Legal landscapes in biodiversity and social safeguards: presentation


Published on

eminar on Landscapes in a Carbon Focused World 26 October 2012
SIANI, Focali & Naturskyddsföreningen organized a one-day seminar in Gothenburg.

Summary: Safeguards have gained momentum in the international environmental arena especially in action for REDD+ under the UN Framework Convention on Climate Change (UNFCCC). This presentation will address the way safeguards can be related to different biodiversity financing mechanisms, and learn from the REDD+ discussions under the UNFCCC. While scaling up biodiversity finance is key for achieving the three goals of the Convention on Biological Diversity (CBD), the development of new biodiversity financing mechanisms has also generated concerns over the potential problems, which span from generating financial speculation to affecting the rights of indigenous peoples and local communities. The presentation will examine legal landscapes that can be useful for developing and implementing safeguards related to biodiversity financing mechanisms in an equitable way.

Claudia Ituarte-Lima is Legal Advisor at the Resilience and Development Programme (Swedbio), at Stockholm Resilience Centre. She is an international public lawyer with theoretical and applied experience in both multilateral and community environmental issues. She holds a PhD from University College London, an MPhil from University of Cambridge, and diplomas from Bourgogne University in France, among other. Her distinctions include the Human Rights Award by American University, Washington College of Law. Her current interests are climate change and biodiversity laws and policies in relation to poverty alleviation, livelihoods and development. She holds visiting status at the Environmental Change Institute, University of Oxford and the Stockholm Environmental Institute.

Published in: Technology
  • Be the first to comment

  • Be the first to like this

No Downloads
Total views
On SlideShare
From Embeds
Number of Embeds
Embeds 0
No embeds

No notes for slide

Legal landscapes in biodiversity and social safeguards: presentation

  1. 1. .Legal landscapesin biodiversity and social safeguardsClaudia Ituarte-Lima,Resilience and Development (SwedBio)at Stockholm Resilience Centre26 October 2012, Seminar: Landscapes in a carbonfocused world by SIANI, Focali &Naturskyddsföreningen in Gothenburg
  2. 2. Discussion paper:Safeguards for scaling-up biodiversityfinancing and possible guiding principlesClaudia Ituarte-Lima, Maria Schultz, Thomas Hahn and Sarah Cornell.e-mails:,,, presentation is based on:Information document for the CBD-Conference of the Parties 11, UNEP/CBD/COP/11/INF/7.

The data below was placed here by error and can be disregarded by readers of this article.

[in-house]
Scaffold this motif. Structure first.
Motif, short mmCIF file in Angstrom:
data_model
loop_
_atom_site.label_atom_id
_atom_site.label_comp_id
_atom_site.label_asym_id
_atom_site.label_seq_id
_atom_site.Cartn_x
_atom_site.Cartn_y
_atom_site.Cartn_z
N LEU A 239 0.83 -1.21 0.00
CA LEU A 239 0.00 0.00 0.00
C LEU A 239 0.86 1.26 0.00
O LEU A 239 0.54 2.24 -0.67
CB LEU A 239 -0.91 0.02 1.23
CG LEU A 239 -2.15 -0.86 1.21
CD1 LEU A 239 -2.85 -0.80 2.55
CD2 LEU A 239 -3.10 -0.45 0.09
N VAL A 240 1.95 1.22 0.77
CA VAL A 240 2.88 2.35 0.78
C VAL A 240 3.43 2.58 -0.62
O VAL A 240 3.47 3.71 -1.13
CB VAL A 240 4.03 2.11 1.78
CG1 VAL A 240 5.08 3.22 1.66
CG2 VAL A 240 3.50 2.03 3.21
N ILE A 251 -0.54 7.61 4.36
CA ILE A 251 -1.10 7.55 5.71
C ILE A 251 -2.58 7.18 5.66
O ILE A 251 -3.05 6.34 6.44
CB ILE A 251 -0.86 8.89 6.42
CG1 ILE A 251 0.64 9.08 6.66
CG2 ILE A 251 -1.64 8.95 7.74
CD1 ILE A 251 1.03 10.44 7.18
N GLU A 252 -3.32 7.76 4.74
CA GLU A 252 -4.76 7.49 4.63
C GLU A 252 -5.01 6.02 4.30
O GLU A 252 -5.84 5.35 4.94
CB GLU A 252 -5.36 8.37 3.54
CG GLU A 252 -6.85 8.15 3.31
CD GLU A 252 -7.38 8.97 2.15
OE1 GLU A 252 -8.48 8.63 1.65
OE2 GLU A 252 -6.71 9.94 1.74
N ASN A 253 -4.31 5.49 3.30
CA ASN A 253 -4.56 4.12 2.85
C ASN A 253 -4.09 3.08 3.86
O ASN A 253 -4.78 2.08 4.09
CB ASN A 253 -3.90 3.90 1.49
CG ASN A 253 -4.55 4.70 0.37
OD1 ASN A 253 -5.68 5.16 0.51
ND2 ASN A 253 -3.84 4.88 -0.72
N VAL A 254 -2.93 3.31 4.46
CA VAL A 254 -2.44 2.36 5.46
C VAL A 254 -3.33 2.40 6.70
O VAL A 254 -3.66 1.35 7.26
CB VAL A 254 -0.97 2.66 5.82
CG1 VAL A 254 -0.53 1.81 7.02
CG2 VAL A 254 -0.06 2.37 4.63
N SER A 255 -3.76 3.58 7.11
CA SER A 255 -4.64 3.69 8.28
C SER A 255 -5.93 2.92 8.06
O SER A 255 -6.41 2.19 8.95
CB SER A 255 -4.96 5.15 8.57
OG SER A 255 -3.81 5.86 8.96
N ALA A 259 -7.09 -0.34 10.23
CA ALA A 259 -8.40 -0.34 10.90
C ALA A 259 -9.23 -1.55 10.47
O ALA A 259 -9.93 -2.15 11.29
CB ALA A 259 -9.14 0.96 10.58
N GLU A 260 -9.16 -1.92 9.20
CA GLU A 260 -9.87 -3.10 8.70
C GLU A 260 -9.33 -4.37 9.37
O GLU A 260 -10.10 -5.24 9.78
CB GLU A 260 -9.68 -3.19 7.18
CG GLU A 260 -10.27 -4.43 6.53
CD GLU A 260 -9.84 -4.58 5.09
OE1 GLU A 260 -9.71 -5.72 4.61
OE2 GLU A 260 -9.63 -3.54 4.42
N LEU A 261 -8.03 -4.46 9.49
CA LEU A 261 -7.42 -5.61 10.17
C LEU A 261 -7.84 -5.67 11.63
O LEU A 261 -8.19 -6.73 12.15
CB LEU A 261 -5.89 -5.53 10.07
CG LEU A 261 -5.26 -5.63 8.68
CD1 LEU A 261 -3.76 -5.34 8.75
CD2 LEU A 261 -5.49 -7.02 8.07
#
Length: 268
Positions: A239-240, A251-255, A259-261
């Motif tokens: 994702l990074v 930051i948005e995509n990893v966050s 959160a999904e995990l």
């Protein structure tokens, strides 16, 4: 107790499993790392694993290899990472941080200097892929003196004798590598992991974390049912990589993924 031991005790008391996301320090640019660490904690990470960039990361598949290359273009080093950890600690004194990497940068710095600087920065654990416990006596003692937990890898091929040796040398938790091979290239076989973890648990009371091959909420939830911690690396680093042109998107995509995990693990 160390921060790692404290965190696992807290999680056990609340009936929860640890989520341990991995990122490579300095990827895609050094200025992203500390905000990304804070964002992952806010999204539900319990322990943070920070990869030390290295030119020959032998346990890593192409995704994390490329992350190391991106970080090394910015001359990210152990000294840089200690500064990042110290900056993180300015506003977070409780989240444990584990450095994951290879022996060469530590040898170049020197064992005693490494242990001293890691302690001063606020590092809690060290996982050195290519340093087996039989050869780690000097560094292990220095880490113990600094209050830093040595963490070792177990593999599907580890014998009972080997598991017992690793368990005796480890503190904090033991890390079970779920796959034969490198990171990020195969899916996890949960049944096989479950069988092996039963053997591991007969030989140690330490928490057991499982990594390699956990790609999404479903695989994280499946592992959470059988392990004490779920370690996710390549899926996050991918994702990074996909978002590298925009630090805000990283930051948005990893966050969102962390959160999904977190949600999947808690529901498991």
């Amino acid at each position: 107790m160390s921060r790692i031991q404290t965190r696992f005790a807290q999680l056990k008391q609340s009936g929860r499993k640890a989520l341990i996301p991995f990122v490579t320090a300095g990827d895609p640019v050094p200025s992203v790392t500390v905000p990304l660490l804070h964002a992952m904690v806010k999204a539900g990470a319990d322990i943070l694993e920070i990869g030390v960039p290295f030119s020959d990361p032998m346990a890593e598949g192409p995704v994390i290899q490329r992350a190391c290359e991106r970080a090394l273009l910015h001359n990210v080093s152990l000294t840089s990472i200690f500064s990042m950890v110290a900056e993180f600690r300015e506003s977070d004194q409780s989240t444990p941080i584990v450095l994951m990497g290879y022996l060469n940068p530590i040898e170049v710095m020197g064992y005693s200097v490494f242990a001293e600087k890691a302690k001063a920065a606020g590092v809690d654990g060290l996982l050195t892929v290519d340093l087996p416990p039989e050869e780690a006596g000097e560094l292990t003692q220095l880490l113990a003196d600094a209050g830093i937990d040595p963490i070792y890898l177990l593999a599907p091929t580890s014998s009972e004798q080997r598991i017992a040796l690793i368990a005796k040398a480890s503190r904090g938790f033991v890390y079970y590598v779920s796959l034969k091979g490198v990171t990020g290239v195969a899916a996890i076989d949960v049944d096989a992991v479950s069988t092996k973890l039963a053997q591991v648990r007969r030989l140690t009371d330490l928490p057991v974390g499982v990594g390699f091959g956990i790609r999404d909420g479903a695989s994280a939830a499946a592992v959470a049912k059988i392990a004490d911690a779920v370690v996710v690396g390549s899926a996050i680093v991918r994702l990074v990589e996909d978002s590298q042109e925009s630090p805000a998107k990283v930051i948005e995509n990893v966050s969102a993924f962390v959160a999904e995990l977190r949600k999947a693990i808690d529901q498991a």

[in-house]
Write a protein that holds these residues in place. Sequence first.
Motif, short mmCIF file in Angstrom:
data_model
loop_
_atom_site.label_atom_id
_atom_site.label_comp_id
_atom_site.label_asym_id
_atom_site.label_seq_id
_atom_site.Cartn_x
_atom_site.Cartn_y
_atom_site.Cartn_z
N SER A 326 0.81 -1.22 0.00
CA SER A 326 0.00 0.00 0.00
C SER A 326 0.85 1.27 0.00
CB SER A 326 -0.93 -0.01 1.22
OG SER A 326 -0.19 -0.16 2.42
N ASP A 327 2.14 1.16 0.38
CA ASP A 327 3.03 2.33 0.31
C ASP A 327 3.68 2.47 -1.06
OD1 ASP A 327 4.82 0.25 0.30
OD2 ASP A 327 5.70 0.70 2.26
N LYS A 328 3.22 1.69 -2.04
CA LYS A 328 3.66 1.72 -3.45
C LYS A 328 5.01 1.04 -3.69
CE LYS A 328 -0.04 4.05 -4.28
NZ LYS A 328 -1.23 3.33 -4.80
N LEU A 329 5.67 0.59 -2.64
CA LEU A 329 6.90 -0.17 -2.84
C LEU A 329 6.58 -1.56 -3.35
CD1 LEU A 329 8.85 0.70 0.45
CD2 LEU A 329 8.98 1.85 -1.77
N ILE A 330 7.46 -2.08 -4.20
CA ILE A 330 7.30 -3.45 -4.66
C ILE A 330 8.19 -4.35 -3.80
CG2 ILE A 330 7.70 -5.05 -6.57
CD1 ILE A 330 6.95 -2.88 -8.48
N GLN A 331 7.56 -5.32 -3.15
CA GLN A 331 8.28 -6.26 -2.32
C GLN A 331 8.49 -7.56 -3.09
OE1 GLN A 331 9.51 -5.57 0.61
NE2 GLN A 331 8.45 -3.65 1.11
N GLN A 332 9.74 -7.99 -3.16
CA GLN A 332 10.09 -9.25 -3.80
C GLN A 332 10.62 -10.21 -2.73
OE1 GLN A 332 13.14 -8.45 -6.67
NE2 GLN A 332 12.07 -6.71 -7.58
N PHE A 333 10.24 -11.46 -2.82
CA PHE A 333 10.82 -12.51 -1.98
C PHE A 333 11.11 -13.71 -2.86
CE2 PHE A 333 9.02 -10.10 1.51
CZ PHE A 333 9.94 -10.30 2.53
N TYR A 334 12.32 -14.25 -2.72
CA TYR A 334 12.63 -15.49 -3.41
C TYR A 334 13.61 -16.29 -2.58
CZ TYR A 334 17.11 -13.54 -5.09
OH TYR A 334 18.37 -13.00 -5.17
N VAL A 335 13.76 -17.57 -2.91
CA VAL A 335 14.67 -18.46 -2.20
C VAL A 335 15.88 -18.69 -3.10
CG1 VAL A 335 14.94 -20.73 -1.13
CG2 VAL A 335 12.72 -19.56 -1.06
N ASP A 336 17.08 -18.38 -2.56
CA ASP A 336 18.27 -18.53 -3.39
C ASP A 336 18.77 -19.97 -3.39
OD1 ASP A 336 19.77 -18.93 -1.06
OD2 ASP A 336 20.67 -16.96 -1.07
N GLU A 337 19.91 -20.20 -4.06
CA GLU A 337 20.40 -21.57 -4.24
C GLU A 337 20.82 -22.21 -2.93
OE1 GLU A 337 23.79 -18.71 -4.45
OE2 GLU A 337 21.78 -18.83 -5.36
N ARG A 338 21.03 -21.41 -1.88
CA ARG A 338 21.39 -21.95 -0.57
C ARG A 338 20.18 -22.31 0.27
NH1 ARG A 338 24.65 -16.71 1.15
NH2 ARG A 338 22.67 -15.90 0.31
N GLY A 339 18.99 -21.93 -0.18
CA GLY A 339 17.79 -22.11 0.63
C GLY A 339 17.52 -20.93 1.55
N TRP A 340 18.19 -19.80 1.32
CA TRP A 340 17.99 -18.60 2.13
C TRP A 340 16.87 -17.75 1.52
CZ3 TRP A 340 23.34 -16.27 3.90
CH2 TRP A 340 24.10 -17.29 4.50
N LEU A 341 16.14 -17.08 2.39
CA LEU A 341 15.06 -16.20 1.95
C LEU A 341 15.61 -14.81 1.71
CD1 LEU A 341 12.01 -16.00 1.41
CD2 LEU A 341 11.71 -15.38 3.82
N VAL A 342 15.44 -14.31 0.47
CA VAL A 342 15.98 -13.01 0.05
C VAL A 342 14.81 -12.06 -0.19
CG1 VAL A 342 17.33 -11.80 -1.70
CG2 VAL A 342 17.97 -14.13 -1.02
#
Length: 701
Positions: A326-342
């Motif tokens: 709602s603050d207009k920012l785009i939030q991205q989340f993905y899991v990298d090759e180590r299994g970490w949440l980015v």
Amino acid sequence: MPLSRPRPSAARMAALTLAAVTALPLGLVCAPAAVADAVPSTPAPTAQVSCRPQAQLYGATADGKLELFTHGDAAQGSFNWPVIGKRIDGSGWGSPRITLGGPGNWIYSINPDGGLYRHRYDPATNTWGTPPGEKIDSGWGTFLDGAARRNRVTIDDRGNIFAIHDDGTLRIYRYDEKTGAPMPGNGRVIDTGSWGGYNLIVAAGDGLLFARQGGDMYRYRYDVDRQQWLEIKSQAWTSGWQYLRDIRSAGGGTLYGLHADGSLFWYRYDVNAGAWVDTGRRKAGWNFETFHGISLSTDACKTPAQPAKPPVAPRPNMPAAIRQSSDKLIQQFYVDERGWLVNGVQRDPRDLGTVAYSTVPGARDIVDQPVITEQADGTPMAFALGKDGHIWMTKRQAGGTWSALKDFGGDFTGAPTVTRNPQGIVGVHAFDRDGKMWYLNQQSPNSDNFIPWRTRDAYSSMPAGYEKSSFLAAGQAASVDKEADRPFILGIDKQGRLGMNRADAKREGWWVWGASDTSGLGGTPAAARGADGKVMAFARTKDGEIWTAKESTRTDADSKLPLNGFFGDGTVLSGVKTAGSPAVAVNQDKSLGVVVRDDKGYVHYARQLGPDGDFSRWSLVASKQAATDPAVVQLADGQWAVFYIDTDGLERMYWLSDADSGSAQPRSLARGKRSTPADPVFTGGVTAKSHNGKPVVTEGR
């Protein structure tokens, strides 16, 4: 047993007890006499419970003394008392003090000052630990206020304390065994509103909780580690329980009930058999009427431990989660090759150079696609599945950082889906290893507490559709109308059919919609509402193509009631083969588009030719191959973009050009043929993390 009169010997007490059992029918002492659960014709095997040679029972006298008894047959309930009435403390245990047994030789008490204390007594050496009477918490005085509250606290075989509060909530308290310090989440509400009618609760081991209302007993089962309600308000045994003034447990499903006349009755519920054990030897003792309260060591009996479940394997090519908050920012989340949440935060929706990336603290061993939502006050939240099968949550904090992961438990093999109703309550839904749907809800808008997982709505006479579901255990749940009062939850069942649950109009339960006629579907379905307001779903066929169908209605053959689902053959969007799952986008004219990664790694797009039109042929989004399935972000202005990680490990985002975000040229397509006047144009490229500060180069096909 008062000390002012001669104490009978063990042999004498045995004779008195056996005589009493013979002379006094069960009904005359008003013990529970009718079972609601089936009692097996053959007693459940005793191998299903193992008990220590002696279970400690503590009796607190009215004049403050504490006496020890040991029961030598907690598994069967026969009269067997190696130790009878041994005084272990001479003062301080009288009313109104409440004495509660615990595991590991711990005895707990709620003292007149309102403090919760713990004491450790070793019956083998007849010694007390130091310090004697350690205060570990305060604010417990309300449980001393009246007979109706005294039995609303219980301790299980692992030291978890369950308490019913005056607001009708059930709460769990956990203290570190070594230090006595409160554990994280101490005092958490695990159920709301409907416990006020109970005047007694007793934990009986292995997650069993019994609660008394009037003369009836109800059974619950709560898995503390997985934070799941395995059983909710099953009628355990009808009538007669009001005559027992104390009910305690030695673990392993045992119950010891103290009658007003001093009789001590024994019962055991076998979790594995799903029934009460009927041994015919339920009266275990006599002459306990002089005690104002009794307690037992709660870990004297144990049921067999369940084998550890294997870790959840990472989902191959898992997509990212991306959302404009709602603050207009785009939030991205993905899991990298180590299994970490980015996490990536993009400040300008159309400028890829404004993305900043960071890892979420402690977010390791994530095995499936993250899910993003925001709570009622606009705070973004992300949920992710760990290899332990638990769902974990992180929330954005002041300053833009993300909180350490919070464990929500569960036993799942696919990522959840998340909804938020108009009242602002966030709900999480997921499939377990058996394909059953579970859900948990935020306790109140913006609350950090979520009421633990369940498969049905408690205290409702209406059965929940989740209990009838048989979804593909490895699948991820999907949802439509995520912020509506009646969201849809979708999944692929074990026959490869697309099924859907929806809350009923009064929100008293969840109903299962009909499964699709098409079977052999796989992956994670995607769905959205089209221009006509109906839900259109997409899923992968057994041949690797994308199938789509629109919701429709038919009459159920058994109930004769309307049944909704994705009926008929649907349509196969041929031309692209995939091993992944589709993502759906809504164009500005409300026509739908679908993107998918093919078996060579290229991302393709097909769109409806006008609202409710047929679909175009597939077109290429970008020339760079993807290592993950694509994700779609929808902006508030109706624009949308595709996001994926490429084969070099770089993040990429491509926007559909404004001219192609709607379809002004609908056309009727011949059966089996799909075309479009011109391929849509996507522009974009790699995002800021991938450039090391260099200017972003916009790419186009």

3. 3. 1.- IntroductionPresentation’s structure5.- Concluding remarks3.- Legal landscapes on safeguards2.- Legal landscape approach4.- Safeguards and different types of BiodiversityFinancing Mechanisms
  4. 4. 1. IntroductionBiodiversity Financing Mechanisms (BFMs)• non-maket and market alternatives; established and newmechanisms•various values of biodiversity (incl. resilience) serve asjustification for its protection• valuation of biodiversity does not necessarily imply lettingmarket solve challengesEvolving notion of safeguards:• from financial institutions to new arenas• multifaceted features of safeguards
  5. 5. •Emphasis on dynamic legal systems concerning theinteraction between people and nature• Aims to reconcile trade-offs between improving thelivelihoods of natural resources’ dependent people andconserving biodiversity• Implies social learning (incl. approaches to change) forbetter governance• While being context specific, different scales can beaddressed• Takes into account the co-existance of various ecosystems2. Legal landscape approach
  6. 6. • Distinction between procedural and substantivesafeguards• Safeguards at multiple scales and their dynamicinteractions• Social and environmental impact assessments: whatneeds safeguarding in particular contexts3.1 Legal landscapes on safeguards:learning from existing laws and policies
  7. 7. 3.2.- Legal landscapes on safeguards:elements and guiding principles in BFMs• Biodiversity values for local livelihoods• People’s rights, access to resources and livelihoods• Local and country-driven/specific processes linked to theinternational level• Governance, institutional frameworks and accountability
  8. 8. 4.- Safeguards and different types of BFMs• Payment for ecosystem services (PES) such as REDD+:procedural safeguards (e.g. free prior informed consent)syncronised with substantive safeguards (e.g. carbon, land andforest associated rights and duties). Tangible resources linkedto intangible resources.•Fiscal reform: safeguards to reduce perverse incentives suchas avoiding subsidies to unsustainable practices. PES aresometimes financed by an earmark fiscal reforms.• International development assistance (ODA): although itmay not be an innovative financing mechanism, it can provideseed money (e.g. PES) and lessons for various BFMs.
  9. 9. 5.- Concluding remarksGuiding principles can be the baseline underlyingsafeguards in all BFMs.Yet, there are linkages in practice between different BFMs.Hence, the harmonisation of safeguards can make themmore effective and equitable.Biodiversity and social safeguards need to respond to therisks and opportunities of each BFMs.
  10. 10. 5.- Concluding remarksSubstantive safeguards: broader perspective in definingrights and duties for reconciling biodiversity conservation inall ecosystems and people’s livelihoods.A legal landscape approach can serve for developing andimplementing safeguards with a new perspectives.Procedural safeguards: involve a shift of perspectivefrom static provisions in laws to resilient and locallyrooted safeguards that are supported by country-driven processes that make use of existinginternational legal and policy instruments.